The advantages of the centrifugal compressor over the reciprocating compressor are high efficiency over a large range of load and a large volume of suction vapor and hence a larger capacity for its size.

The centrifugal compressor has also many other advantageous features. The most important is the flat-head-capacity characteristic as compared to that of a reciprocating compressor as shown in figure for typical compressors at a constant considering temperature of 38ºC and constant rpm. It is seen that a variation in the evaporator temperature is only 2 to 7.5ºC for a load variation of 100 to 240 TR for a centrifugal compressor, whereas it is -11 to 6ºC for the same load variation for a reciprocating compressor.

coppressors funvtion

Figure : Nature of capacity variation with evaporator temperature for centrifugal and reciprocating compressors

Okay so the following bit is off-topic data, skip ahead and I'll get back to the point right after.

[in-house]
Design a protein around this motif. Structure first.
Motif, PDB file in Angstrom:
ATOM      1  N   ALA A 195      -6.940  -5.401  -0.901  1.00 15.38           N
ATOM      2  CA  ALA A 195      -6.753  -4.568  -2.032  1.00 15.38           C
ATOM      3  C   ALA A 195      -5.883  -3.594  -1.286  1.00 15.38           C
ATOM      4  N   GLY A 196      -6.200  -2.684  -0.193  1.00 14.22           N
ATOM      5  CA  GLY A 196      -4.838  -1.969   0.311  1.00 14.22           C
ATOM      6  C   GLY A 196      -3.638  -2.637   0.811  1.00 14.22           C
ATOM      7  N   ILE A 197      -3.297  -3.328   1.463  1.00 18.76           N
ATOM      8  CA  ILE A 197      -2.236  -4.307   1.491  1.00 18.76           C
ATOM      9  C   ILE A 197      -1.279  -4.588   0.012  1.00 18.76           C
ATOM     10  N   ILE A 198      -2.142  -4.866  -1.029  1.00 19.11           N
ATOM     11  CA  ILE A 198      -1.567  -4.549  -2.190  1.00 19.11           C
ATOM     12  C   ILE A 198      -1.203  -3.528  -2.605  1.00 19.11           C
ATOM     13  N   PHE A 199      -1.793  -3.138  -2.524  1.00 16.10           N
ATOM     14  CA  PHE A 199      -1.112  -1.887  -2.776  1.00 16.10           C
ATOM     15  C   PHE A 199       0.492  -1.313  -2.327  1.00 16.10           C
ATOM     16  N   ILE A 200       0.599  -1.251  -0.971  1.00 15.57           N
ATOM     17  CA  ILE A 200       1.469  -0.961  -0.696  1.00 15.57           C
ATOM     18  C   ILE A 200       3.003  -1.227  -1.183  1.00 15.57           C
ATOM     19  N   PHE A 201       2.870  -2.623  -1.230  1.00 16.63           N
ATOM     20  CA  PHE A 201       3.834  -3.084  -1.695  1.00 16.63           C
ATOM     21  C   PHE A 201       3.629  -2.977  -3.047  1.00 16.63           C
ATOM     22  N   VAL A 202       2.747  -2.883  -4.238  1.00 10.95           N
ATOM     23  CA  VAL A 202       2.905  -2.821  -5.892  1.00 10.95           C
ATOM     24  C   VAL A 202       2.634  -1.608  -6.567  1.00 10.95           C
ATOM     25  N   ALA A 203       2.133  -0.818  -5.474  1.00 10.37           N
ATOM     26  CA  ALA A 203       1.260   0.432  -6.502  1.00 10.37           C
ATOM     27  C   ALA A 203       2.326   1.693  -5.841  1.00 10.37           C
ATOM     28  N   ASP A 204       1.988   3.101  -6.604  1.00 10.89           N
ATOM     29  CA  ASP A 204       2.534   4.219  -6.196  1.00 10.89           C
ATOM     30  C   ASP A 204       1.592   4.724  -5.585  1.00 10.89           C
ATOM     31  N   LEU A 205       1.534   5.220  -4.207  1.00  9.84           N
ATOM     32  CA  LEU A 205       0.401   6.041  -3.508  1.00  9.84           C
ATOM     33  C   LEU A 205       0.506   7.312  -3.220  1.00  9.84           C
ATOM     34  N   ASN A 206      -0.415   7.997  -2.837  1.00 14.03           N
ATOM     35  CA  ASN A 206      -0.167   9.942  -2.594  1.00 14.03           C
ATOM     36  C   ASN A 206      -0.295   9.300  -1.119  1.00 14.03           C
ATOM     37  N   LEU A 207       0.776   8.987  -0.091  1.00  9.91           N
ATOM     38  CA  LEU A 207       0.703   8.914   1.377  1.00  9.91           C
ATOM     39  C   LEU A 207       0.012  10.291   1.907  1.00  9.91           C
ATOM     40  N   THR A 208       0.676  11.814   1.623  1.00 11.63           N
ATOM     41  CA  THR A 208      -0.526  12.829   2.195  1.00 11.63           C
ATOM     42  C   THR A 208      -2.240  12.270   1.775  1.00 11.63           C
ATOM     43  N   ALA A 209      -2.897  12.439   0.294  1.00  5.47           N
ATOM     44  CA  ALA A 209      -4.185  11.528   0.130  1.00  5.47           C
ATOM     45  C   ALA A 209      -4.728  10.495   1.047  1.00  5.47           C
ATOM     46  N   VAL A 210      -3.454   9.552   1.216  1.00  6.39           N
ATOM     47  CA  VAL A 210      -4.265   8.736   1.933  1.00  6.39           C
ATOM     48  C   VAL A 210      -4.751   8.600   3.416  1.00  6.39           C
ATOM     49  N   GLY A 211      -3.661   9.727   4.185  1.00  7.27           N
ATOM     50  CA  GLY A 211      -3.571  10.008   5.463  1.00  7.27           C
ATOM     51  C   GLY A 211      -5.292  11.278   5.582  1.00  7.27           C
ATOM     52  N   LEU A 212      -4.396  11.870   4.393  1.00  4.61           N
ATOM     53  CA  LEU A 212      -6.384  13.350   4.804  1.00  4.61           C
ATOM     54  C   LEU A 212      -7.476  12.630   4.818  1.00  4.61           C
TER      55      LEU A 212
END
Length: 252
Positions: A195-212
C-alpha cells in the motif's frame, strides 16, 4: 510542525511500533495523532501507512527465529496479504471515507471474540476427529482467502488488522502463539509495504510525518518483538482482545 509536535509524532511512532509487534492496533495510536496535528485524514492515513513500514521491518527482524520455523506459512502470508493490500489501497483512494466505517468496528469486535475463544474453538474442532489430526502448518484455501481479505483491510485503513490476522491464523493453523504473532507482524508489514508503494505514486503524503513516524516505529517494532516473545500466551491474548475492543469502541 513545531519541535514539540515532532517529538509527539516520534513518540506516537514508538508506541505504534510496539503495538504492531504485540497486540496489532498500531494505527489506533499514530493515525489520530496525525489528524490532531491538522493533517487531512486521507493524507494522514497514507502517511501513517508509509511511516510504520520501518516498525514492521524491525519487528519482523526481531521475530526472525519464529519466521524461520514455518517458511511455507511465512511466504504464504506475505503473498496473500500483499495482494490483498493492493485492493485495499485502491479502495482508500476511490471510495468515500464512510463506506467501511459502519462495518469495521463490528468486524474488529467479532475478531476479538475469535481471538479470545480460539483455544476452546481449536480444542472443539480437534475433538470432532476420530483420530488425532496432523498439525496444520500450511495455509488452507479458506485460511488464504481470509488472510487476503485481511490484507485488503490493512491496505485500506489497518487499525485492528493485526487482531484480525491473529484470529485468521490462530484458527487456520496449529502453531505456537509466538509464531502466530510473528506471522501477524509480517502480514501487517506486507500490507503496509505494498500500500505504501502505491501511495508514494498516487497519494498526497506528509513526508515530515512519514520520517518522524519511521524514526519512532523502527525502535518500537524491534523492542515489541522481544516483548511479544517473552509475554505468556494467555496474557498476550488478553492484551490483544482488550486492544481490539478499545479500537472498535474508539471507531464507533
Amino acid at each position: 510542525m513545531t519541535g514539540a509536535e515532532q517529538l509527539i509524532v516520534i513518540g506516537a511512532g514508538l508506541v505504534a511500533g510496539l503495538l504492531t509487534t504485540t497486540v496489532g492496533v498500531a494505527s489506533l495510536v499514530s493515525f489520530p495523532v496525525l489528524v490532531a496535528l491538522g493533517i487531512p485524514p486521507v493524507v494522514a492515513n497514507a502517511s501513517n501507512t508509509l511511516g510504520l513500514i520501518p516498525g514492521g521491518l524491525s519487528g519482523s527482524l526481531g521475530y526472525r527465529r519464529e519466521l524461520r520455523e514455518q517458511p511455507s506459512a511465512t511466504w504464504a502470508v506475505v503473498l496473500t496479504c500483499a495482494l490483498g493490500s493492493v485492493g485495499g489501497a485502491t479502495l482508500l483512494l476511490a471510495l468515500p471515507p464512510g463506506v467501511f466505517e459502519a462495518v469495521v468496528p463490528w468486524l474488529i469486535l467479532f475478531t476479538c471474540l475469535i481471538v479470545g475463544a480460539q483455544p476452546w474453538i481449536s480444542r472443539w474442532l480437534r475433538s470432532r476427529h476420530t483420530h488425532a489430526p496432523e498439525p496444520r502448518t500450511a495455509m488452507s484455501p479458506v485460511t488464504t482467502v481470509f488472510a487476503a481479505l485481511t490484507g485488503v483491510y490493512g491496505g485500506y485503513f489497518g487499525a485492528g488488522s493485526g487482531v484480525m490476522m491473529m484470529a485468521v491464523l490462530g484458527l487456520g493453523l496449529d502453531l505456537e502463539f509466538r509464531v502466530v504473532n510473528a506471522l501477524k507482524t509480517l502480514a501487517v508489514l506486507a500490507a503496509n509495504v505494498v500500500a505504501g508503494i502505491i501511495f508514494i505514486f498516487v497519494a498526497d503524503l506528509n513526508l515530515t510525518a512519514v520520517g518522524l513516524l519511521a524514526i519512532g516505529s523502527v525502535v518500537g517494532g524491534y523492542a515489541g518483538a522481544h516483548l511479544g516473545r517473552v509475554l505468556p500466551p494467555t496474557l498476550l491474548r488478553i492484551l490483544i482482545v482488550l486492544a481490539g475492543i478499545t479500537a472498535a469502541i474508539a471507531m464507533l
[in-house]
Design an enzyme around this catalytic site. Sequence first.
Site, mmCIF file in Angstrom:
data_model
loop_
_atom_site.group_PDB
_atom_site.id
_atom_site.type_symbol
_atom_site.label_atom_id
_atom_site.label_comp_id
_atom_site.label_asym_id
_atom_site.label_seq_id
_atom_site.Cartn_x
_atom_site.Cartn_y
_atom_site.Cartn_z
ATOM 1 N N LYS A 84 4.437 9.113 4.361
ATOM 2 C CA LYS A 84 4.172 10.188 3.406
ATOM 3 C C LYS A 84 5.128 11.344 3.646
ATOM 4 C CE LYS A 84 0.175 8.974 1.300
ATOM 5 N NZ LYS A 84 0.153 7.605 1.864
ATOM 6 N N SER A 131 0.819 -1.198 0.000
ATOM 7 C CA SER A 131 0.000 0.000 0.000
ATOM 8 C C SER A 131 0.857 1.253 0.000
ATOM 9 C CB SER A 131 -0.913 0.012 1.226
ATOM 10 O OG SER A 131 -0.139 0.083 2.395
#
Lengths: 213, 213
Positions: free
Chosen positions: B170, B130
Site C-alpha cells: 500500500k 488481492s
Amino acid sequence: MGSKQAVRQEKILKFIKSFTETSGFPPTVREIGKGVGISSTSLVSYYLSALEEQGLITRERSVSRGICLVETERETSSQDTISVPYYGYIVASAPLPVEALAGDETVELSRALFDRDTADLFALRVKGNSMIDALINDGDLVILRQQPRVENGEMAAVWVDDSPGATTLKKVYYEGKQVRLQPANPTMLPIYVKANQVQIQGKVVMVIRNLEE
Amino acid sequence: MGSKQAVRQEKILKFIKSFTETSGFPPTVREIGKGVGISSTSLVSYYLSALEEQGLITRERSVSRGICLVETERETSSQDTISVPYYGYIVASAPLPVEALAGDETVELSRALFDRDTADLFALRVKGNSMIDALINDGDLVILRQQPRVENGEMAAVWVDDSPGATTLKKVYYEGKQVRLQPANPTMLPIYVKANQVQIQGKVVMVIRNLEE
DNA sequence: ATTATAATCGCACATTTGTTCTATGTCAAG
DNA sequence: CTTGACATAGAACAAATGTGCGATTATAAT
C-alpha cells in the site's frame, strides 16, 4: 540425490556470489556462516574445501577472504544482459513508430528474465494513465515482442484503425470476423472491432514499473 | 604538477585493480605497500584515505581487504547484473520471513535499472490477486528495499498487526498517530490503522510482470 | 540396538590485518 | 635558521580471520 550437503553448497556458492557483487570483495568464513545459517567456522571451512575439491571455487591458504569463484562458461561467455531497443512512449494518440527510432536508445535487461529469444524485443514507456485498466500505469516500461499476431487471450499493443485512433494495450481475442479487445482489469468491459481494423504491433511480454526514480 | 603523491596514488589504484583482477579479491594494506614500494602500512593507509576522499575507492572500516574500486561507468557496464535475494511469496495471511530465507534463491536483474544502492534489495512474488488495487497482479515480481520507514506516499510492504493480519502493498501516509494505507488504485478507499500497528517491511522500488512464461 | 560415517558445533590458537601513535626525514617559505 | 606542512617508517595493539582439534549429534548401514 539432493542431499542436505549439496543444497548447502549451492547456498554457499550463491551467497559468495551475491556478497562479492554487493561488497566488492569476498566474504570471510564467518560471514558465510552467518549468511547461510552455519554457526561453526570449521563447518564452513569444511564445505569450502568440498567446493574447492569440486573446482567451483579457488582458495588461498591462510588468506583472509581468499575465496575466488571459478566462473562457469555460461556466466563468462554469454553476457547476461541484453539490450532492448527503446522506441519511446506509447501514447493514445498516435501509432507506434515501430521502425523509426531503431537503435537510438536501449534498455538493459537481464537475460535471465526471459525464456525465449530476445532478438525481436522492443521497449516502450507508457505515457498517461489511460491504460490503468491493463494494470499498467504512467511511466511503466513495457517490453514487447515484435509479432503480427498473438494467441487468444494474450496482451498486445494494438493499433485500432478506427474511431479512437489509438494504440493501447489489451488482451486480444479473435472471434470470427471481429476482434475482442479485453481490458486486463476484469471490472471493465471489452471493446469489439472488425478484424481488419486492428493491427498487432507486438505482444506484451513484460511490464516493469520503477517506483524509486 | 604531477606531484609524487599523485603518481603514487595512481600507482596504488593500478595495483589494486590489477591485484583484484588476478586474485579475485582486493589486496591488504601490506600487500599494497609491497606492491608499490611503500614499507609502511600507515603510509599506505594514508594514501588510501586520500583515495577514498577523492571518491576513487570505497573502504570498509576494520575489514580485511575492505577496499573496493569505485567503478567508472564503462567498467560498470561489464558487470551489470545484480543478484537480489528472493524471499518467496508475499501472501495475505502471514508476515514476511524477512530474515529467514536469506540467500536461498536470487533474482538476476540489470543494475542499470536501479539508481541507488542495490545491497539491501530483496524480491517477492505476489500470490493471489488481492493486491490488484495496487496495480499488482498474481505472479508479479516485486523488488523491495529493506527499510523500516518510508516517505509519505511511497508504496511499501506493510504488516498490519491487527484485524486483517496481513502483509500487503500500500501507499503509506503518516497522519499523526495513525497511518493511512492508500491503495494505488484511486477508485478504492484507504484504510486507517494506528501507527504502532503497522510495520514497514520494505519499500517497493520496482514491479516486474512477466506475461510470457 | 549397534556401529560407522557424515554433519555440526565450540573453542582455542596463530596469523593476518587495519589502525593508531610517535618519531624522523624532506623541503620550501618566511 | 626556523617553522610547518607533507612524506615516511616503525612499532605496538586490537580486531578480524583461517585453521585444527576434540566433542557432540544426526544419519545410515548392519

Another advantageous feature is the non-overloading characteristic as shown in figure. It seen that for a centrifugal machine, there is a decrease in the power requirement with an increase in the condensing temperature. Thus there is no overloading of the motor with increasing condenser temperature. This feature is accompanied by a rapid fall in the flow rate and hence capacity as shown in figure. The power requirement decreases although the horsepower per tons increases. For reciprocating compressors, there is a small increase in the power requirement with an increase in the condensing temperature with consequent overloading of the motor. This is accomplished with a very small decrease in the refrigerating capacity.

The latter aspect of a reciprocating compressor is, however, an advantage so that the capacity of a reciprocating machine is not affected much by an increase in the condensing temperature followed by adverse ambient conditions.